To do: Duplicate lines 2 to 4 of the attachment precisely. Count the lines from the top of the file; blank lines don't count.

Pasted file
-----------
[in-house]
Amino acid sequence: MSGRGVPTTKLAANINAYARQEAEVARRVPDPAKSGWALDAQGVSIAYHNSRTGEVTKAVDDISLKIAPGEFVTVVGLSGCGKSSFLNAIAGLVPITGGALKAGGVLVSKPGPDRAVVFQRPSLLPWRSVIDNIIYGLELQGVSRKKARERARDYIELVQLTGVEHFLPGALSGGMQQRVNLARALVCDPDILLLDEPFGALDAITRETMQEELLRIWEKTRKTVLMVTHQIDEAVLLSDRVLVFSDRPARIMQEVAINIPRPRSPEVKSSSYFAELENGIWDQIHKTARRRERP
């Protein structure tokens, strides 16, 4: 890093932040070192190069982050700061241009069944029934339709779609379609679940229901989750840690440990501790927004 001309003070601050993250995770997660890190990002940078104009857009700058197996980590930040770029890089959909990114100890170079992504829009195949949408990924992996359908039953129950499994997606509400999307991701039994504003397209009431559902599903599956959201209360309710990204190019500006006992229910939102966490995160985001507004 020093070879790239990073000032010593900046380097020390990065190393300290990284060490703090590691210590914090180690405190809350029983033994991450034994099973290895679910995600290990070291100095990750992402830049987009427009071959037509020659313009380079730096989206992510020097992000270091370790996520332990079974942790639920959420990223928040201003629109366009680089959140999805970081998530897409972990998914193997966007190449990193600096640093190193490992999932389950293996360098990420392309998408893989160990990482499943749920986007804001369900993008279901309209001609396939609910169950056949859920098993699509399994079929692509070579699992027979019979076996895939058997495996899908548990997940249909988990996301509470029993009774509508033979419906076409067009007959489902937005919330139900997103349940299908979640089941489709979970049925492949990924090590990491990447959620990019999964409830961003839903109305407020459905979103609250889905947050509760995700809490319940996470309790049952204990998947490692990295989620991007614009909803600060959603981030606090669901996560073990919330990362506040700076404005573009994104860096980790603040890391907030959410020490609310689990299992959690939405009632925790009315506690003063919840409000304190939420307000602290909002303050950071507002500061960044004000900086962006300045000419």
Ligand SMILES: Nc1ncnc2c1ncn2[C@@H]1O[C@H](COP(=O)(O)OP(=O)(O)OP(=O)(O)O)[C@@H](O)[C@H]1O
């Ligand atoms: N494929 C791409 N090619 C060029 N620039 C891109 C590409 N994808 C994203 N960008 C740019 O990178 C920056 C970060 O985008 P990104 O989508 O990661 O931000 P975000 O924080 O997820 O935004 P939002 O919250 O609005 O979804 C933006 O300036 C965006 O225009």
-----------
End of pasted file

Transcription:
Amino acid sequence: MSGRGVPTTKLAANINAYARQEAEVARRVPDPAKSGWALDAQGVSIAYHNSRTGEVTKAVDDISLKIAPGEFVTVVGLSGCGKSSFLNAIAGLVPITGGALKAGGVLVSKPGPDRAVVFQRPSLLPWRSVIDNIIYGLELQGVSRKKARERARDYIELVQLTGVEHFLPGALSGGMQQRVNLARALVCDPDILLLDEPFGALDAITRETMQEELLRIWEKTRKTVLMVTHQIDEAVLLSDRVLVFSDRPARIMQEVAINIPRPRSPEVKSSSYFAELENGIWDQIHKTARRRERP
């Protein structure tokens, strides 16, 4: 890093932040070192190069982050700061241009069944029934339709779609379609679940229901989750840690440990501790927004 001309003070601050993250995770997660890190990002940078104009857009700058197996980590930040770029890089959909990114100890170079992504829009195949949408990924992996359908039953129950499994997606509400999307991701039994504003397209009431559902599903599956959201209360309710990204190019500006006992229910939102966490995160985001507004 020093070879790239990073000032010593900046380097020390990065190393300290990284060490703090590691210590914090180690405190809350029983033994991450034994099973290895679910995600290990070291100095990750992402830049987009427009071959037509020659313009380079730096989206992510020097992000270091370790996520332990079974942790639920959420990223928040201003629109366009680089959140999805970081998530897409972990998914193997966007190449990193600096640093190193490992999932389950293996360098990420392309998408893989160990990482499943749920986007804001369900993008279901309209001609396939609910169950056949859920098993699509399994079929692509070579699992027979019979076996895939058997495996899908548990997940249909988990996301509470029993009774509508033979419906076409067009007959489902937005919330139900997103349940299908979640089941489709979970049925492949990924090590990491990447959620990019999964409830961003839903109305407020459905979103609250889905947050509760995700809490319940996470309790049952204990998947490692990295989620991007614009909803600060959603981030606090669901996560073990919330990362506040700076404005573009994104860096980790603040890391907030959410020490609310689990299992959690939405009632925790009315506690003063919840409000304190939420307000602290909002303050950071507002500061960044004000900086962006300045000419």
Ligand SMILES: Nc1ncnc2c1ncn2[C@@H]1O[C@H](COP(=O)(O)OP(=O)(O)OP(=O)(O)O)[C@@H](O)[C@H]1O